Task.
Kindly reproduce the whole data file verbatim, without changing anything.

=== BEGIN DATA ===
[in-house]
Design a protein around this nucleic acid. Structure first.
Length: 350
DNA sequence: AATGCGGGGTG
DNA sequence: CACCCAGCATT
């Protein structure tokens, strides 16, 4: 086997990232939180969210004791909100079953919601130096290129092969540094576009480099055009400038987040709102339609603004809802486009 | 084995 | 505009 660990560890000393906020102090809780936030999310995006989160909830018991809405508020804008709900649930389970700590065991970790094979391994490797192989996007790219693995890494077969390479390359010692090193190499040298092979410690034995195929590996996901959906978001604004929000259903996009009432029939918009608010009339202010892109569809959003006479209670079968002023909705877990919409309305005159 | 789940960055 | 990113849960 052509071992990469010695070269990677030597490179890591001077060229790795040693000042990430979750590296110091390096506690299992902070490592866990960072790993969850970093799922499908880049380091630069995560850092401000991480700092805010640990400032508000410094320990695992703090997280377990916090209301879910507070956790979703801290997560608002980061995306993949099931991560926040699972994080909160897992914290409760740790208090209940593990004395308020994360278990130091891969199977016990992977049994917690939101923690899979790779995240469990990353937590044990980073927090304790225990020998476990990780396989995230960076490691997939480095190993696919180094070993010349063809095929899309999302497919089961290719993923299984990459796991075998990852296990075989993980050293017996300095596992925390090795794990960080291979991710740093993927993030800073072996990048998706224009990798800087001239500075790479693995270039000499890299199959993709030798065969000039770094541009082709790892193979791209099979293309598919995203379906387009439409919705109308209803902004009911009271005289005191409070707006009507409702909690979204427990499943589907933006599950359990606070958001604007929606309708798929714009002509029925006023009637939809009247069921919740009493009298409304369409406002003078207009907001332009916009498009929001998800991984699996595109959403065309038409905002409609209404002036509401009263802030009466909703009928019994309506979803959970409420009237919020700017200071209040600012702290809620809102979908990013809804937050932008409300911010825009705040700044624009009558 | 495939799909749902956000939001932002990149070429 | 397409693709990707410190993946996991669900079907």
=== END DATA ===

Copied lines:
[in-house]
Design a protein around this nucleic acid. Structure first.
Length: 350
DNA sequence: AATGCGGGGTG
DNA sequence: CACCCAGCATT
């Protein structure tokens, strides 16, 4: 086997990232939180969210004791909100079953919601130096290129092969540094576009480099055009400038987040709102339609603004809802486009 | 084995 | 505009 660990560890000393906020102090809780936030999310995006989160909830018991809405508020804008709900649930389970700590065991970790094979391994490797192989996007790219693995890494077969390479390359010692090193190499040298092979410690034995195929590996996901959906978001604004929000259903996009009432029939918009608010009339202010892109569809959003006479209670079968002023909705877990919409309305005159 | 789940960055 | 990113849960 052509071992990469010695070269990677030597490179890591001077060229790795040693000042990430979750590296110091390096506690299992902070490592866990960072790993969850970093799922499908880049380091630069995560850092401000991480700092805010640990400032508000410094320990695992703090997280377990916090209301879910507070956790979703801290997560608002980061995306993949099931991560926040699972994080909160897992914290409760740790208090209940593990004395308020994360278990130091891969199977016990992977049994917690939101923690899979790779995240469990990353937590044990980073927090304790225990020998476990990780396989995230960076490691997939480095190993696919180094070993010349063809095929899309999302497919089961290719993923299984990459796991075998990852296990075989993980050293017996300095596992925390090795794990960080291979991710740093993927993030800073072996990048998706224009990798800087001239500075790479693995270039000499890299199959993709030798065969000039770094541009082709790892193979791209099979293309598919995203379906387009439409919705109308209803902004009911009271005289005191409070707006009507409702909690979204427990499943589907933006599950359990606070958001604007929606309708798929714009002509029925006023009637939809009247069921919740009493009298409304369409406002003078207009907001332009916009498009929001998800991984699996595109959403065309038409905002409609209404002036509401009263802030009466909703009928019994309506979803959970409420009237919020700017200071209040600012702290809620809102979908990013809804937050932008409300911010825009705040700044624009009558 | 495939799909749902956000939001932002990149070429 | 397409693709990707410190993946996991669900079907």